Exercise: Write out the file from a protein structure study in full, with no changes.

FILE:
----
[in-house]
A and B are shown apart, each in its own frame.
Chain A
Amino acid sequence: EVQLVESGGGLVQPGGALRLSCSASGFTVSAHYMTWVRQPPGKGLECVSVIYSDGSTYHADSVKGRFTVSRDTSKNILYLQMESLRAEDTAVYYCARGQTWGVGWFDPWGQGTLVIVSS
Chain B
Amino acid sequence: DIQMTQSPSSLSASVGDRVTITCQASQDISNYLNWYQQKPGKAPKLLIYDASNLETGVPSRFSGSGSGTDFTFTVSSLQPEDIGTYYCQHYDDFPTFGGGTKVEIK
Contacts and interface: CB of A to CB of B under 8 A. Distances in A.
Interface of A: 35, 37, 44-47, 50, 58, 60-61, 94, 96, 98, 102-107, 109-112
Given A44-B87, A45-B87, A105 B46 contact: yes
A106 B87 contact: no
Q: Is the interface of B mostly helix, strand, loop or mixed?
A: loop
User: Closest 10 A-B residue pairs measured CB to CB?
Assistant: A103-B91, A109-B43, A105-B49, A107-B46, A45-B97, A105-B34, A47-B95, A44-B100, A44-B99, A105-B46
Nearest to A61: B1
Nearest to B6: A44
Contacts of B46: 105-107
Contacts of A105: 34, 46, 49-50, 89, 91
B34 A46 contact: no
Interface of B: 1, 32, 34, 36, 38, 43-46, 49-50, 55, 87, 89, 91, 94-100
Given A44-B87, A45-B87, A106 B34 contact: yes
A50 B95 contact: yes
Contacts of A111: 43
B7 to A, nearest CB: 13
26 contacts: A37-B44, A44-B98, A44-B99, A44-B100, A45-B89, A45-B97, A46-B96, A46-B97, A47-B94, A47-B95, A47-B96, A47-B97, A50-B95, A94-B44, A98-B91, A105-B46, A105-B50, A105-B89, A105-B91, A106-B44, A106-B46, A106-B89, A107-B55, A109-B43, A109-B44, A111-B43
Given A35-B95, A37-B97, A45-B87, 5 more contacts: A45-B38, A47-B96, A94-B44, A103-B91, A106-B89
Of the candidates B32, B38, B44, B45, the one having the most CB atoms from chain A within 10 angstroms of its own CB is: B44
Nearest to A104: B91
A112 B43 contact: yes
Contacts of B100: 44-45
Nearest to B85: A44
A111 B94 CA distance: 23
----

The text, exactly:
[in-house]
A and B are shown apart, each in its own frame.
Chain A
Amino acid sequence: EVQLVESGGGLVQPGGALRLSCSASGFTVSAHYMTWVRQPPGKGLECVSVIYSDGSTYHADSVKGRFTVSRDTSKNILYLQMESLRAEDTAVYYCARGQTWGVGWFDPWGQGTLVIVSS
Chain B
Amino acid sequence: DIQMTQSPSSLSASVGDRVTITCQASQDISNYLNWYQQKPGKAPKLLIYDASNLETGVPSRFSGSGSGTDFTFTVSSLQPEDIGTYYCQHYDDFPTFGGGTKVEIK
Contacts and interface: CB of A to CB of B under 8 A. Distances in A.
Interface of A: 35, 37, 44-47, 50, 58, 60-61, 94, 96, 98, 102-107, 109-112
Given A44-B87, A45-B87, A105 B46 contact: yes
A106 B87 contact: no
Q: Is the interface of B mostly helix, strand, loop or mixed?
A: loop
User: Closest 10 A-B residue pairs measured CB to CB?
Assistant: A103-B91, A109-B43, A105-B49, A107-B46, A45-B97, A105-B34, A47-B95, A44-B100, A44-B99, A105-B46
Nearest to A61: B1
Nearest to B6: A44
Contacts of B46: 105-107
Contacts of A105: 34, 46, 49-50, 89, 91
B34 A46 contact: no
Interface of B: 1, 32, 34, 36, 38, 43-46, 49-50, 55, 87, 89, 91, 94-100
Given A44-B87, A45-B87, A106 B34 contact: yes
A50 B95 contact: yes
Contacts of A111: 43
B7 to A, nearest CB: 13
26 contacts: A37-B44, A44-B98, A44-B99, A44-B100, A45-B89, A45-B97, A46-B96, A46-B97, A47-B94, A47-B95, A47-B96, A47-B97, A50-B95, A94-B44, A98-B91, A105-B46, A105-B50, A105-B89, A105-B91, A106-B44, A106-B46, A106-B89, A107-B55, A109-B43, A109-B44, A111-B43
Given A35-B95, A37-B97, A45-B87, 5 more contacts: A45-B38, A47-B96, A94-B44, A103-B91, A106-B89
Of the candidates B32, B38, B44, B45, the one having the most CB atoms from chain A within 10 angstroms of its own CB is: B44
Nearest to A104: B91
A112 B43 contact: yes
Contacts of B100: 44-45
Nearest to B85: A44
A111 B94 CA distance: 23